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Rural Studio Challenges Students to Use Land Creatively with the Rural Studio Farm

Auburn University’s Rural Studio  Third-Year Design Studio has turned its focus inward to study the Studio’s consumption of food, energy and materials. The multi-phase, multi-year project, known as the Rural Studio Farm, is based on the educational purpose of instigating a new style of life within Rural Studio and the local community. The project challenges the Rural Studio students to use the land creatively as a precious resource; a lesson that can be applied far outside the grounds of the Studio itself. The ultimate goal of the Rural Studio Farm is to understand the architectural, economic, social, cultural, and environmental implications of living within the means of the land. Currently, the Studio is investigating the consumption of food by exploring organic farming techniques and experimenting with appropriate methods for growing, cooking and eating healthy and nutritious foods.

The first phase of the Rural Studio Farm, which spanned the 2009-2010 school year, focused on the design and construction of a commercial kitchen for the Studio based on the desire to ”think, act, and eat locally.” The new kitchen gave the Studio the opportunity to cook food that was grown and harvested on-site. Since its completion, the commercial kitchen has been used to produce fresh meals for Rural Studio staff and students. This kick-started the Rural Studio Farm’s long-term plan of food self-efficiency.

Phase 2 of the Rural Studio Farm, which began in the 2010-2011 school year and continues to the present, consists of the design and construction of a solar greenhouse. The structure of the greenhouse includes a northern thermal mass wall, built of recycled fifty-five gallon barrels filled with water, which will keep the greenhouse warm at night. A steel and glass roof on the southern side will work as a solar collector during daylight hours. The solar greenhouse will help extend the Studio’s food production through the winter months and will function as a tool to demonstrate architectural solutions to local agricultural needs. Construction on the solar greenhouse continues into the current school year.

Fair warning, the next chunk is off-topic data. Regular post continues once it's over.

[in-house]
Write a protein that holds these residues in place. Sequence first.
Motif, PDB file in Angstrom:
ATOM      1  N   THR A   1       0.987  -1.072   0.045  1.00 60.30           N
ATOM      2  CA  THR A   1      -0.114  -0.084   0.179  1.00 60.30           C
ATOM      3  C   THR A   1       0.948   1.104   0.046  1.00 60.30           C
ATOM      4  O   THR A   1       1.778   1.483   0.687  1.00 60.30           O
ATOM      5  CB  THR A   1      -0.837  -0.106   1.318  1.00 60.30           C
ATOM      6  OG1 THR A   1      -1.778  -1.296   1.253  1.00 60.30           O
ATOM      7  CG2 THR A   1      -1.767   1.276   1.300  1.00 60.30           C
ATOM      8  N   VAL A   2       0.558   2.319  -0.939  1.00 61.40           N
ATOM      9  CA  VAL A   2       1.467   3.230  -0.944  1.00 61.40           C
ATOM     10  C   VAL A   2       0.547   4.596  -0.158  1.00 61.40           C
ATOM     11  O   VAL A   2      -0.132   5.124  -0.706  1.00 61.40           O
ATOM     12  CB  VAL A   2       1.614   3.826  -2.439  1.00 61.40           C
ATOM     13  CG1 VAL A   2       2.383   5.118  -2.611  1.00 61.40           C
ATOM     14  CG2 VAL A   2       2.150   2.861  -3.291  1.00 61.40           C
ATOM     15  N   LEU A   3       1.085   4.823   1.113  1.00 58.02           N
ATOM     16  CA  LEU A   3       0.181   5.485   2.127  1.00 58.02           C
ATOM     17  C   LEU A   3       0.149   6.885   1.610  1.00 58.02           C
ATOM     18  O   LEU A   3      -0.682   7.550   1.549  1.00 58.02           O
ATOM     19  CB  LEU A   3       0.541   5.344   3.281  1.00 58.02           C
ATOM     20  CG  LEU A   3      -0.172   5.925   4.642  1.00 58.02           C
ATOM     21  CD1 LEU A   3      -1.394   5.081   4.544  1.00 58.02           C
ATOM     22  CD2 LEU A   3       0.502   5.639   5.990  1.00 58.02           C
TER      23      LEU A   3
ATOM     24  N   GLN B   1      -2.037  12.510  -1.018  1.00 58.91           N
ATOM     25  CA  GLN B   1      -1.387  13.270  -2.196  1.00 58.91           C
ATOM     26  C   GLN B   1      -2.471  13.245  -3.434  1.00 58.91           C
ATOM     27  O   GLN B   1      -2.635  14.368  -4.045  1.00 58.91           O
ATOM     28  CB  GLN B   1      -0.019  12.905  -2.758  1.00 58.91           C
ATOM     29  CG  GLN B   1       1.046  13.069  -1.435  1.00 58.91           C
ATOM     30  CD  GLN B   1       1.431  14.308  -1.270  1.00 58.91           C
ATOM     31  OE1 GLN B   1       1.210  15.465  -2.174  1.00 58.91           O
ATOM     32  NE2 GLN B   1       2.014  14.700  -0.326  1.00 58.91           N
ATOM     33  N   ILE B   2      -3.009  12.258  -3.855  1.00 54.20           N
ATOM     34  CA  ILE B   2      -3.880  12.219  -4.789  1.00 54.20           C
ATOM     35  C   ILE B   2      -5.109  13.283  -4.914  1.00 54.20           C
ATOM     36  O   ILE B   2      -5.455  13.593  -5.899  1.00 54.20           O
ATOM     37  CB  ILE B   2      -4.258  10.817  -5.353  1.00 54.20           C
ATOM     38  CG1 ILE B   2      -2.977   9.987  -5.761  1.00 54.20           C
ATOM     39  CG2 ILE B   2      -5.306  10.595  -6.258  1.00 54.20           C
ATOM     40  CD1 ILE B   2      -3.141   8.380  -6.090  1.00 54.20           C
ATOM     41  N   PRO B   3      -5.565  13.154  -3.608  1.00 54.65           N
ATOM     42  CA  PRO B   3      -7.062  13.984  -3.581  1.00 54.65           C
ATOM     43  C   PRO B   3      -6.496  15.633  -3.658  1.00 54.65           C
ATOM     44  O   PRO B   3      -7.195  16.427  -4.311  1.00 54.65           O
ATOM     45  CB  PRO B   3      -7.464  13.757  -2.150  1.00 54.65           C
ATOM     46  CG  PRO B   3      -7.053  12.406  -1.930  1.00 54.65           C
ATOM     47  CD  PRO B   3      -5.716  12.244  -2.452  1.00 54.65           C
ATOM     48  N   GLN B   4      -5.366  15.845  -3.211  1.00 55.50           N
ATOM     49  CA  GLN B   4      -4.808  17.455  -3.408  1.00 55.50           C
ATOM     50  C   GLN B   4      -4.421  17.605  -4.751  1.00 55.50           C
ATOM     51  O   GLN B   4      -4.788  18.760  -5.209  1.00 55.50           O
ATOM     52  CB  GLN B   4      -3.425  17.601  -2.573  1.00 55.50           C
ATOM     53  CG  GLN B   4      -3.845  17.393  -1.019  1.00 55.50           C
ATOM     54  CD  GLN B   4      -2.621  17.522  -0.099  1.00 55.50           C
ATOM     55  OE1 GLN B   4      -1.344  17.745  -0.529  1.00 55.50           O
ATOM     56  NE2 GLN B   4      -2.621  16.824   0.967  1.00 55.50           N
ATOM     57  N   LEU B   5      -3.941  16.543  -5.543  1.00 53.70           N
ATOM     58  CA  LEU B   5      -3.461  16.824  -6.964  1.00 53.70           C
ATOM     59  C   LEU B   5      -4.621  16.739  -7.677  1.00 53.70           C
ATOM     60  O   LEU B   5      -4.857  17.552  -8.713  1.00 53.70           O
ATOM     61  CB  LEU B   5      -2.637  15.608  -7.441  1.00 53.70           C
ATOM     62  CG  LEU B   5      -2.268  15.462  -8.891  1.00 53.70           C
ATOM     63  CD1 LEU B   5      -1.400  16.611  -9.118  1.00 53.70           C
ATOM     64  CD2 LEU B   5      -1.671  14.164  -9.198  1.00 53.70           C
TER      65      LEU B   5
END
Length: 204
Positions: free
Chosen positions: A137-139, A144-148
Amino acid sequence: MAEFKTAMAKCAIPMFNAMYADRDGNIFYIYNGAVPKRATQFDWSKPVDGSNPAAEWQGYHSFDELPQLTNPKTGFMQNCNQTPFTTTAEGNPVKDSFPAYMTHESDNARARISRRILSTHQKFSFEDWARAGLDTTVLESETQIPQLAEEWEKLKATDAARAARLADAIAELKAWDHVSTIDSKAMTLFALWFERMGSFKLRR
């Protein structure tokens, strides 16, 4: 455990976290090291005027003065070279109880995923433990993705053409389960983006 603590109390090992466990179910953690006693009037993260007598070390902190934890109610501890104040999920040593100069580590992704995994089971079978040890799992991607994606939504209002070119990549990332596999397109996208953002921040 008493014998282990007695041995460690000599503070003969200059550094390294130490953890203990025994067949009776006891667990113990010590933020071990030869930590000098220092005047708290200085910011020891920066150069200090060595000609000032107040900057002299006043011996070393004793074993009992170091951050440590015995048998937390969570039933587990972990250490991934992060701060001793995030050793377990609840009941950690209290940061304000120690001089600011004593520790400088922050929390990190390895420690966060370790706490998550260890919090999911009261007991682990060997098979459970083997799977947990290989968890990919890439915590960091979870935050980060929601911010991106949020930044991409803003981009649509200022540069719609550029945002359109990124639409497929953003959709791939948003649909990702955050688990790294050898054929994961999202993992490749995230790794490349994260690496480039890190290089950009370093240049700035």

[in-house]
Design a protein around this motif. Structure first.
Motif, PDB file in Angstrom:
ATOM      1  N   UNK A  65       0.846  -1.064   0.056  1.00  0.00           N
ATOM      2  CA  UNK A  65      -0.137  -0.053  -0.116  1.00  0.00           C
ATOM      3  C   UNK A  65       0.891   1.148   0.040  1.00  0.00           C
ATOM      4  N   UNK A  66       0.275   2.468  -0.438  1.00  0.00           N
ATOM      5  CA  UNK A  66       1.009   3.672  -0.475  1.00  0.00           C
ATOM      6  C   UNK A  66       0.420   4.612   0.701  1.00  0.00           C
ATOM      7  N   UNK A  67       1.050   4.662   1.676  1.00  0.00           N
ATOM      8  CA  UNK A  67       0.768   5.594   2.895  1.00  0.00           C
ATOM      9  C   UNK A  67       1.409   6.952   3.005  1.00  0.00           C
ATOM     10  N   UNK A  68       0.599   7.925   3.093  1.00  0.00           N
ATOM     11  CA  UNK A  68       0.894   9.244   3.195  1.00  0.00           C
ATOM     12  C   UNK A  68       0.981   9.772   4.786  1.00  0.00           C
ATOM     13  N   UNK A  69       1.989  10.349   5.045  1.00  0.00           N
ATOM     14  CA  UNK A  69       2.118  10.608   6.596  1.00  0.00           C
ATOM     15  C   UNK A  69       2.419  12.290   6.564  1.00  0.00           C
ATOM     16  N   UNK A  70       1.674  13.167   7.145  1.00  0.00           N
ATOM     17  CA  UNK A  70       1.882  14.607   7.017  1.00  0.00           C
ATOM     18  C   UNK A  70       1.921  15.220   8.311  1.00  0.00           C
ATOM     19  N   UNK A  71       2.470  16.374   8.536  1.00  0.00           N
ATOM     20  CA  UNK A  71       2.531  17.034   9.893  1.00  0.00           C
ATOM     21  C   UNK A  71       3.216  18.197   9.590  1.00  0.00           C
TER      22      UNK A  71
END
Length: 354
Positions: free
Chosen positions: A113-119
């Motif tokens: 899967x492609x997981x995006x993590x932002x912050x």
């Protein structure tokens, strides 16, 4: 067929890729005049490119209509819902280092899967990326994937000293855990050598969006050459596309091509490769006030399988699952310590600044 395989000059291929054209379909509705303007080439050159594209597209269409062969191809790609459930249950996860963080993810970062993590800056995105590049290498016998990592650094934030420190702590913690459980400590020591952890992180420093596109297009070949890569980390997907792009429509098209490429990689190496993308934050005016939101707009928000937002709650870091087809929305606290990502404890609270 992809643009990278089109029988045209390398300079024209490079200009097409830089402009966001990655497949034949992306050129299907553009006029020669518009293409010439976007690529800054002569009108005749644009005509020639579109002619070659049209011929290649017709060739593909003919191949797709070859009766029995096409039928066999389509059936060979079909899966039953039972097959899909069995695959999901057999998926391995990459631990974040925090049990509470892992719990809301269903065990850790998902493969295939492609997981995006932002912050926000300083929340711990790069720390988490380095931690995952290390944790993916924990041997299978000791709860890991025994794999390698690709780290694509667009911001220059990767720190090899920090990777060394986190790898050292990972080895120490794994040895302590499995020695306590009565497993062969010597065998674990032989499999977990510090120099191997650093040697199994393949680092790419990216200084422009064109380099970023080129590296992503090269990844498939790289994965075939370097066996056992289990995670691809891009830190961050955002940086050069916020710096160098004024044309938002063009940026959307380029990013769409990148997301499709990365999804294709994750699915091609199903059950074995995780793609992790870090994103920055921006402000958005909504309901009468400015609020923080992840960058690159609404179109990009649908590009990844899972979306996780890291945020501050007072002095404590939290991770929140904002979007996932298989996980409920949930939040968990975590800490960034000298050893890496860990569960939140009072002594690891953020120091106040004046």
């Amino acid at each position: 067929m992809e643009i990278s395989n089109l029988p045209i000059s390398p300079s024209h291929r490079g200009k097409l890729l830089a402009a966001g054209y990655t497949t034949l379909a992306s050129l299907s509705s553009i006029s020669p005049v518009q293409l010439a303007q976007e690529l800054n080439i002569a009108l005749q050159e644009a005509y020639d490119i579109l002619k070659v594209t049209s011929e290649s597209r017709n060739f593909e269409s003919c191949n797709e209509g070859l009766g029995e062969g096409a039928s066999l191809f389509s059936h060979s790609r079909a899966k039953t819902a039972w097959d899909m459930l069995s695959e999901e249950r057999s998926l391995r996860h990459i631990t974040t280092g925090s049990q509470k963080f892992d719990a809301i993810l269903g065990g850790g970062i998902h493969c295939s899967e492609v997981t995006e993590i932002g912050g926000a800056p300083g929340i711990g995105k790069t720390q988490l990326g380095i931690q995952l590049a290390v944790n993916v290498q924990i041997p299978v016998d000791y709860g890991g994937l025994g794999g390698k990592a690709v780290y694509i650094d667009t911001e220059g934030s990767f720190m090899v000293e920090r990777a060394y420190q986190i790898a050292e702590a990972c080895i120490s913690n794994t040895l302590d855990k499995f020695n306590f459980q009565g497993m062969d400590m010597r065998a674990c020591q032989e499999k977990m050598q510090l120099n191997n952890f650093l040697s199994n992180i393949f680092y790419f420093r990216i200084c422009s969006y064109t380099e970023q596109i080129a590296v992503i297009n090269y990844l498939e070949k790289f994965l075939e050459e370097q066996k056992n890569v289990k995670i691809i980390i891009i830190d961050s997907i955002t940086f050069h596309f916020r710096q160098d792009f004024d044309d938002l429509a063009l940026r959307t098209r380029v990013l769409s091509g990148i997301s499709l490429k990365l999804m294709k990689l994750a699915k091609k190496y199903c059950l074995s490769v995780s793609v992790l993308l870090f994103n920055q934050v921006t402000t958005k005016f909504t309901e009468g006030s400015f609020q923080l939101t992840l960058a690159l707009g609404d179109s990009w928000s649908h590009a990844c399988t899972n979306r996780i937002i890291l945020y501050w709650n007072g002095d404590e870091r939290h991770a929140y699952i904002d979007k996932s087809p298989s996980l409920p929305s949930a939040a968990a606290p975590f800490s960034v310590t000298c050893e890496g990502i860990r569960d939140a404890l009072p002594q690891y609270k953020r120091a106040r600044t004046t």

Along with the commercial kitchen and solar greenhouse, Rural Studio’s  Third-Year students have designed several systems for improving the studio’s efficiency. Last year, the students implemented a recycling system to divert the Studio’s recyclable waste from the landfill. The students also have been working on a master plan for growing food on the Rural Studio campus and have worked to extend the Studio’s garden.

In the current school year, the Third-Year Design Studio is working on a plan for irrigating the Rural Studio garden. The plan consists of on-site water collection and storage in an elevated water tower. The students also will be furthering the construction of the solar greenhouse. The projects of the Rural Studio Farm not only focus on the creation of solutions to architectural problems but also address larger ideas of sustainability and regionalism. They are lessons that the students can carry with them far beyond their semester at Rural Studio.